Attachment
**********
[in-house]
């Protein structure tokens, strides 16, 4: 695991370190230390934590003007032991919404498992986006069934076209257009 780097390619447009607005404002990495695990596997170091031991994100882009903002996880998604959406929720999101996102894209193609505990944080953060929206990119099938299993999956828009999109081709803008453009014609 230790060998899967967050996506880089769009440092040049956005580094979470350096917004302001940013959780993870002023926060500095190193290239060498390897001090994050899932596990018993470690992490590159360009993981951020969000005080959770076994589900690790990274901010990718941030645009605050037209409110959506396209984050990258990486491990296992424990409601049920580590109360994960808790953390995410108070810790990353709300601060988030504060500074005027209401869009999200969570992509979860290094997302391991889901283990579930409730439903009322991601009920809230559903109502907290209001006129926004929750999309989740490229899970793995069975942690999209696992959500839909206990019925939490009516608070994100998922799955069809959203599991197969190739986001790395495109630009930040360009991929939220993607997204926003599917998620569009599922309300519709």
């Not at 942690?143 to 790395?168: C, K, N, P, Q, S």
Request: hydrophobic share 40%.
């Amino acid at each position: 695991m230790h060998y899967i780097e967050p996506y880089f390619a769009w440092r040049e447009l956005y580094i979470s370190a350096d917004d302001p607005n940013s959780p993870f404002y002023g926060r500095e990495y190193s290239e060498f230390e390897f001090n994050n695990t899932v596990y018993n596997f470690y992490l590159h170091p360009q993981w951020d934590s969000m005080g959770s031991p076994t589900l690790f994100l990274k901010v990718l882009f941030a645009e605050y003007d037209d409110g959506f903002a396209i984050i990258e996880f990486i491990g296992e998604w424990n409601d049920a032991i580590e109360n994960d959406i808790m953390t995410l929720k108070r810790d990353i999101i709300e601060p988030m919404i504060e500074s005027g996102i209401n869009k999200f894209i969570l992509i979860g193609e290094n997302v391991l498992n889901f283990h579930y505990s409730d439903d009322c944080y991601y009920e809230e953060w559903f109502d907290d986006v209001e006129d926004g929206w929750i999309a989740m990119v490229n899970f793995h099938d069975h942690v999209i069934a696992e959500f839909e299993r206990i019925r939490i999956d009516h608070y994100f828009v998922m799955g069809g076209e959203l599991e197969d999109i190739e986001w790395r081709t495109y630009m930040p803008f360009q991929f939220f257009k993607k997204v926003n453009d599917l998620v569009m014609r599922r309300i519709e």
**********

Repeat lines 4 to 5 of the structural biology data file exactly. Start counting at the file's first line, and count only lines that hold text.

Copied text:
Request: hydrophobic share 40%.
């Amino acid at each position: 695991m230790h060998y899967i780097e967050p996506y880089f390619a769009w440092r040049e447009l956005y580094i979470s370190a350096d917004d302001p607005n940013s959780p993870f404002y002023g926060r500095e990495y190193s290239e060498f230390e390897f001090n994050n695990t899932v596990y018993n596997f470690y992490l590159h170091p360009q993981w951020d934590s969000m005080g959770s031991p076994t589900l690790f994100l990274k901010v990718l882009f941030a645009e605050y003007d037209d409110g959506f903002a396209i984050i990258e996880f990486i491990g296992e998604w424990n409601d049920a032991i580590e109360n994960d959406i808790m953390t995410l929720k108070r810790d990353i999101i709300e601060p988030m919404i504060e500074s005027g996102i209401n869009k999200f894209i969570l992509i979860g193609e290094n997302v391991l498992n889901f283990h579930y505990s409730d439903d009322c944080y991601y009920e809230e953060w559903f109502d907290d986006v209001e006129d926004g929206w929750i999309a989740m990119v490229n899970f793995h099938d069975h942690v999209i069934a696992e959500f839909e299993r206990i019925r939490i999956d009516h608070y994100f828009v998922m799955g069809g076209e959203l599991e197969d999109i190739e986001w790395r081709t495109y630009m930040p803008f360009q991929f939220f257009k993607k997204v926003n453009d599917l998620v569009m014609r599922r309300i519709e």